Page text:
When the Oak Park Women’s Exchange — a business dedicated to empowering women to help support themselves through arts and crafts — was first established in 1974, its organizers had a problem getting the store off the ground.
You might be able to guess what stood in the way.
“At the time nobody would give them a loan,” said Deanne Alexander, publicity chair and display chair at the exchange, explaining the widespread discrimination women faced only four decades ago.
“Somebody came in and backed them up — it was a man,” she said with a knowing chuckle.
That’s what it took for women to succeed in an era where many still were blocked from the workforce.
While the glass ceiling still has plenty of breaking to do, times have changed, and such exchanges, once numbering in the hundreds nationwide, have largely closed, due in part to inactivity from members.
The women’s exchange in Oak Park, located at 839 S. Oak Park Ave., is following suit, its members announcing they will close the shop at the end of the year.
Alexander, a soap maker who has been involved as a vendor at the exchange for the last two decades, said a number of issues have prompted the exchange’s closure: increasing online sales; higher rent; and difficulty staffing the store.
She said the store took a major hit from the economic crisis of 2008 and never fully recovered. Online shops like Amazon and Etsy have also cut into the exchange’s bottom line, Alexander said.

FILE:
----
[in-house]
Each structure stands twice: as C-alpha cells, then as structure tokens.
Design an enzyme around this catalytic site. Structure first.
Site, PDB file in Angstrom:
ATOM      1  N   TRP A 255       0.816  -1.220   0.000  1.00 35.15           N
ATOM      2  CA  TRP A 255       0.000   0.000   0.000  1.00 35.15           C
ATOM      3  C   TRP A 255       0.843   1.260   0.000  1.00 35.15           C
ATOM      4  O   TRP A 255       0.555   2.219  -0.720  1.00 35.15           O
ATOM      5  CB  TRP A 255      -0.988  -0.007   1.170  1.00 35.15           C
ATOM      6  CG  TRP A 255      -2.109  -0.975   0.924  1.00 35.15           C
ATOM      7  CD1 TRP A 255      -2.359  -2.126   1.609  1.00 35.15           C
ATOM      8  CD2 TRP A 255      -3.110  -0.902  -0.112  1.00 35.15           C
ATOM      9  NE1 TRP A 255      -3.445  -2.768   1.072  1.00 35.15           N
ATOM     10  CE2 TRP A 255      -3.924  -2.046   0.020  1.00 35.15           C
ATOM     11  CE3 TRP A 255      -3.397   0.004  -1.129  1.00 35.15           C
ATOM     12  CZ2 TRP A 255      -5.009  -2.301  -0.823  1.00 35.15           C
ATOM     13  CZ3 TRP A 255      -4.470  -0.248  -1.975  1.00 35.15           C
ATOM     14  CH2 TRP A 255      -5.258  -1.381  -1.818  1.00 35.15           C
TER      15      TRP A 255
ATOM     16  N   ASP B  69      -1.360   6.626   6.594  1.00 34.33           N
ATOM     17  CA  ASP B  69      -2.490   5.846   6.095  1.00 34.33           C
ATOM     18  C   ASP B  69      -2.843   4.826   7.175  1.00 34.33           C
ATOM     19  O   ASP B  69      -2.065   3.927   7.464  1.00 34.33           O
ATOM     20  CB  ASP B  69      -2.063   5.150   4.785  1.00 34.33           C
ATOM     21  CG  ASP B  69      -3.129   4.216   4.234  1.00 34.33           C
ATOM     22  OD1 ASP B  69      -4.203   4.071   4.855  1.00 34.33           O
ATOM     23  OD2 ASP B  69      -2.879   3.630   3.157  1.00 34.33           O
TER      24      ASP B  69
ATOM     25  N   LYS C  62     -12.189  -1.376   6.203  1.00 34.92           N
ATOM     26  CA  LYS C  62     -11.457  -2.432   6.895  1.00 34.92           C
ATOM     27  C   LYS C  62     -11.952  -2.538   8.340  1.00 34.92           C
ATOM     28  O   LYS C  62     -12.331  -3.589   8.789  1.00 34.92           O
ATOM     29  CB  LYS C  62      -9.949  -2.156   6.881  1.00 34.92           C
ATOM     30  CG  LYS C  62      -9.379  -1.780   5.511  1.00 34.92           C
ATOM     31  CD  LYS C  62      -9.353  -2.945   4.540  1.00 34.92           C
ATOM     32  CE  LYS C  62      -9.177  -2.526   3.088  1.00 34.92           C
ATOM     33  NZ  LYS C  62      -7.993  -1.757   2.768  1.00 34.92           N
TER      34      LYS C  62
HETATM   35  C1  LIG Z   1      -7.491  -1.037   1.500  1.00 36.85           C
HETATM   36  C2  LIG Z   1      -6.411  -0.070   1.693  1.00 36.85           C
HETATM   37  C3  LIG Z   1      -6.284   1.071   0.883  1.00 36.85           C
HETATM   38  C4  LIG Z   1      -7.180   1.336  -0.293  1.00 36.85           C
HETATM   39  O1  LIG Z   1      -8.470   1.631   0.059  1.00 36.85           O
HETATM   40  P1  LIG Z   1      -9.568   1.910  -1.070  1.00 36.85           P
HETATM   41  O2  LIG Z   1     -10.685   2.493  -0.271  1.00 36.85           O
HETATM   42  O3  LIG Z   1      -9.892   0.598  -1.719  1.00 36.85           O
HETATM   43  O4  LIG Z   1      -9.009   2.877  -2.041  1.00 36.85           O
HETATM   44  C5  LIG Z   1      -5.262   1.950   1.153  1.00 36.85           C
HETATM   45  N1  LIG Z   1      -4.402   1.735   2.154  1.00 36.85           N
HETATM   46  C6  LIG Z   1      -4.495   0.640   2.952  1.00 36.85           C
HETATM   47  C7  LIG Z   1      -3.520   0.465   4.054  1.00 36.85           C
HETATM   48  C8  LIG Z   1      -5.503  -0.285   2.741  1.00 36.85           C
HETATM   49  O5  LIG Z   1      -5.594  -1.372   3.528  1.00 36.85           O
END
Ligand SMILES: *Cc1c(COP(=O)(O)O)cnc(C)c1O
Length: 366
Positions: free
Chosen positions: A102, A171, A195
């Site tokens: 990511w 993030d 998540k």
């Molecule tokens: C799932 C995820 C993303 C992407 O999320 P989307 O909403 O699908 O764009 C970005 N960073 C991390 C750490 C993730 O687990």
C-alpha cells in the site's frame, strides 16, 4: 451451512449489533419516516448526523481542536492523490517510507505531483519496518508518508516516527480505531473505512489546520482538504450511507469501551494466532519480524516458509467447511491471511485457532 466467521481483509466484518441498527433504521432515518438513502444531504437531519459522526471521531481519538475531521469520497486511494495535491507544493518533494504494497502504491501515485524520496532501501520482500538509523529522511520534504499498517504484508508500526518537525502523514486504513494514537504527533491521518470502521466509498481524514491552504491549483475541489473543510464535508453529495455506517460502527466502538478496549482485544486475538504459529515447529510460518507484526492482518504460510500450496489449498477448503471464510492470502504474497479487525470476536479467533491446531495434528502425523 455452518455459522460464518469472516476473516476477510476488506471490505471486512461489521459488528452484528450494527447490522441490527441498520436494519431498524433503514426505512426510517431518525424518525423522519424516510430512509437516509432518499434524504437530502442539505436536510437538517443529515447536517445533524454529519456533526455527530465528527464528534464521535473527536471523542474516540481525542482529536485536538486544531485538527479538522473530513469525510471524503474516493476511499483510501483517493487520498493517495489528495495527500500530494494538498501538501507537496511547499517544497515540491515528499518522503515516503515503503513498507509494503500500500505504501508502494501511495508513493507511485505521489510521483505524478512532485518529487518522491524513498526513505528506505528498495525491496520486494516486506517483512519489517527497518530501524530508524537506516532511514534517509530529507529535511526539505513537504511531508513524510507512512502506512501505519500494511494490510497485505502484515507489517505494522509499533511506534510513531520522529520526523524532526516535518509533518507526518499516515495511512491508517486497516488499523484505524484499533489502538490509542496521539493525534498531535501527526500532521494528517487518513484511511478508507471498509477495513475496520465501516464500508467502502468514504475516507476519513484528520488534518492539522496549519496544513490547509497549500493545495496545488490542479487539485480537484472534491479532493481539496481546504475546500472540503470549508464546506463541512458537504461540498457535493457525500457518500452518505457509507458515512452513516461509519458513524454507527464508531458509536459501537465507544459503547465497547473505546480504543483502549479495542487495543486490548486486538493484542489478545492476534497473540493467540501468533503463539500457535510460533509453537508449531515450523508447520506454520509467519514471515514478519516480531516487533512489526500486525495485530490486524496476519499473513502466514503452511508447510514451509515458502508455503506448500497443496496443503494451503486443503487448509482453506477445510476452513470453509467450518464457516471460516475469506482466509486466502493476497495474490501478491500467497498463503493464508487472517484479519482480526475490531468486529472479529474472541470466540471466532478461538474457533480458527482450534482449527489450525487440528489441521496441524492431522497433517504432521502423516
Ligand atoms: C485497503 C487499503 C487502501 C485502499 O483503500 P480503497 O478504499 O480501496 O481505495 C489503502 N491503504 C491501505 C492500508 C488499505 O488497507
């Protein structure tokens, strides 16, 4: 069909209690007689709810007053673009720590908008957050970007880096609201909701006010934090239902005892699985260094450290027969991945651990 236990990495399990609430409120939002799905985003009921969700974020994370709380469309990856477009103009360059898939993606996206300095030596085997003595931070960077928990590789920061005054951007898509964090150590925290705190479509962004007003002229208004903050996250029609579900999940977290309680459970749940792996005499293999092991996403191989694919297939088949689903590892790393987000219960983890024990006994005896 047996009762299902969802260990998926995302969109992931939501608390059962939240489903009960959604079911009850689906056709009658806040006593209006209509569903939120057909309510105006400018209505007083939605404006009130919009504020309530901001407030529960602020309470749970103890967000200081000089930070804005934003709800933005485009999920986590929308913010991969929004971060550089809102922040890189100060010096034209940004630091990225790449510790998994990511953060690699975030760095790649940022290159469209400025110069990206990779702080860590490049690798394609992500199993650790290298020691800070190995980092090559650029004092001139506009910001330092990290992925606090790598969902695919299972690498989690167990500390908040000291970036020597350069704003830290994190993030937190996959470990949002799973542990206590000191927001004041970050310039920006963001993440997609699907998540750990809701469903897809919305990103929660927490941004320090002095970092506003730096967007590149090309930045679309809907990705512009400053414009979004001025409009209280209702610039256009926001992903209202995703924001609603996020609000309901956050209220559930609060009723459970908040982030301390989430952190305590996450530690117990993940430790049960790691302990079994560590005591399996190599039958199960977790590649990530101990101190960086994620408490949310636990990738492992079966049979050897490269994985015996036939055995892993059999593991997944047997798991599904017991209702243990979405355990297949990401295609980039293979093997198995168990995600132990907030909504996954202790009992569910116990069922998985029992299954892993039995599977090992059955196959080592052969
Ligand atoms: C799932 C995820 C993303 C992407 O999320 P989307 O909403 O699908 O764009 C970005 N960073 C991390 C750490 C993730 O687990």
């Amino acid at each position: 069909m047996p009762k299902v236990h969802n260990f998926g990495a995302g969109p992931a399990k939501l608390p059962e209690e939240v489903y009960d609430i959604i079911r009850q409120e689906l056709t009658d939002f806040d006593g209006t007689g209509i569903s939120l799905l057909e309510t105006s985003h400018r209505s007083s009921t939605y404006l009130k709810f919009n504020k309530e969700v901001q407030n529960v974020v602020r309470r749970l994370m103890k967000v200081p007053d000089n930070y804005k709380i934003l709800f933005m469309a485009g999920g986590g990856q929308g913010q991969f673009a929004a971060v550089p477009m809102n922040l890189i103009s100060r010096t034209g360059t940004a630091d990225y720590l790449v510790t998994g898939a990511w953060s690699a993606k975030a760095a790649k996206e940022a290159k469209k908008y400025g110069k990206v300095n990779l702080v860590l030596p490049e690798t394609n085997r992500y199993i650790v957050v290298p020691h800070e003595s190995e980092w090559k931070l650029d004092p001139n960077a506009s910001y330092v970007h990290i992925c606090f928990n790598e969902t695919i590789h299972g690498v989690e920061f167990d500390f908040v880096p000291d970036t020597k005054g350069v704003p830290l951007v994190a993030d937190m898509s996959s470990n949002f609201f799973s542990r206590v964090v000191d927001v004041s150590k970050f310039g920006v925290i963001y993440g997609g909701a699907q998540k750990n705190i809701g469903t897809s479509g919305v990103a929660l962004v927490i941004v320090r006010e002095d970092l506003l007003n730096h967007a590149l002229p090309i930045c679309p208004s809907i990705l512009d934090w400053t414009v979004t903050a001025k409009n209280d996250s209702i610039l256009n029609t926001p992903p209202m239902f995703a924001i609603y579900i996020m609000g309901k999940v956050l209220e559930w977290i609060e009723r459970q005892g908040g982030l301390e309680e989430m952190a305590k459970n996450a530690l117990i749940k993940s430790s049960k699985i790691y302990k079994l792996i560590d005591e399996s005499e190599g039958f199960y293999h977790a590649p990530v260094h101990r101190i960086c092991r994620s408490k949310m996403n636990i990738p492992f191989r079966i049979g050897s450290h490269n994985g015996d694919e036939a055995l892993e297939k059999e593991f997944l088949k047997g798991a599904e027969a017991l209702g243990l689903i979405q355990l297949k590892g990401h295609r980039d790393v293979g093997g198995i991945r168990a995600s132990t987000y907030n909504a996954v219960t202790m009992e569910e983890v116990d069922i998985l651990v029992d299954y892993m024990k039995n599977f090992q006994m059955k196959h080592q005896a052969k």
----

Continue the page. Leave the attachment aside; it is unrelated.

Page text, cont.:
Another challenge is the time commitment from its members. Alexander said the exchange is a co-op and artisans who sell their wares there also are required to work eight hours a month without pay.
“I think a lot of people went to work, so they didn’t have that window of time to donate,” she said. “Younger members could no longer do that.”
Diane Symonanis, co-chair of the exchange’s finance committee and a jewelry maker, praised the skills and creativity of the women involved in the exchange over the years. “Unfortunately, we live in a time where that isn’t appreciated as much as it used to be,” she said, noting that the operating costs of running the shop — rent, telephone, electricity and the cost of paying a percentage of their sales to credit card companies — made the venture financially unfeasible.
The shop, which features the work of 33 local artisans — that number was once closer to 200 — is one of the last women’s exchanges in the country. Only about two dozen such shops remain.
The Oak Park Women’s Exchange, when first established, joined a growing tide of such exchanges throughout the nation that gave crafters, artists and makers a place not only to sell their wares but to join a community of women.
Symonanis will miss the friendships she’s made over the years. “It’s a nice group of people,” she said.